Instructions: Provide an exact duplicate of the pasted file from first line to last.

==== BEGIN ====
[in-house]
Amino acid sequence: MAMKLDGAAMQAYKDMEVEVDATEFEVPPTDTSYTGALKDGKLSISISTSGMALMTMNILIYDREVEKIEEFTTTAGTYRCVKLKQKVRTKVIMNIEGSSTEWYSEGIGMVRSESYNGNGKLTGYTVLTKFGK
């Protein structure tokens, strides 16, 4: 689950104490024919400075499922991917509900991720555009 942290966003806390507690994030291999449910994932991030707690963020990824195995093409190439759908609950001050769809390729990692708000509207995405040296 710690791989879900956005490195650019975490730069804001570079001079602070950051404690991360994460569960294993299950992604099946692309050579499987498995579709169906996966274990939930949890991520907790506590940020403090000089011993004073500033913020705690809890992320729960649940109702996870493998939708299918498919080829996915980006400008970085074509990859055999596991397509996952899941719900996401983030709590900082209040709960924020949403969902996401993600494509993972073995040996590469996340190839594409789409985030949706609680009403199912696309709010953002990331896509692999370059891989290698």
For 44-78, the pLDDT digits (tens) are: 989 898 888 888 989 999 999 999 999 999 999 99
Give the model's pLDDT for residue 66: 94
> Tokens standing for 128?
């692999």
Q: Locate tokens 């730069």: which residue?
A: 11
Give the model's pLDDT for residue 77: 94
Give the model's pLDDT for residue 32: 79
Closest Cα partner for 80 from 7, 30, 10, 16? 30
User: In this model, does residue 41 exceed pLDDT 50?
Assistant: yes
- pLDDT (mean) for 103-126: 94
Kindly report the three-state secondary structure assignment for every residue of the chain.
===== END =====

[in-house]
Amino acid sequence: MAMKLDGAAMQAYKDMEVEVDATEFEVPPTDTSYTGALKDGKLSISISTSGMALMTMNILIYDREVEKIEEFTTTAGTYRCVKLKQKVRTKVIMNIEGSSTEWYSEGIGMVRSESYNGNGKLTGYTVLTKFGK
């Protein structure tokens, strides 16, 4: 689950104490024919400075499922991917509900991720555009 942290966003806390507690994030291999449910994932991030707690963020990824195995093409190439759908609950001050769809390729990692708000509207995405040296 710690791989879900956005490195650019975490730069804001570079001079602070950051404690991360994460569960294993299950992604099946692309050579499987498995579709169906996966274990939930949890991520907790506590940020403090000089011993004073500033913020705690809890992320729960649940109702996870493998939708299918498919080829996915980006400008970085074509990859055999596991397509996952899941719900996401983030709590900082209040709960924020949403969902996401993600494509993972073995040996590469996340190839594409789409985030949706609680009403199912696309709010953002990331896509692999370059891989290698």
For 44-78, the pLDDT digits (tens) are: 989 898 888 888 989 999 999 999 999 999 999 99
Give the model's pLDDT for residue 66: 94
> Tokens standing for 128?
């692999």
Q: Locate tokens 């730069």: which residue?
A: 11
Give the model's pLDDT for residue 77: 94
Give the model's pLDDT for residue 32: 79
Closest Cα partner for 80 from 7, 30, 10, 16? 30
User: In this model, does residue 41 exceed pLDDT 50?
Assistant: yes
- pLDDT (mean) for 103-126: 94
Kindly report the three-state secondary structure assignment for every residue of the chain.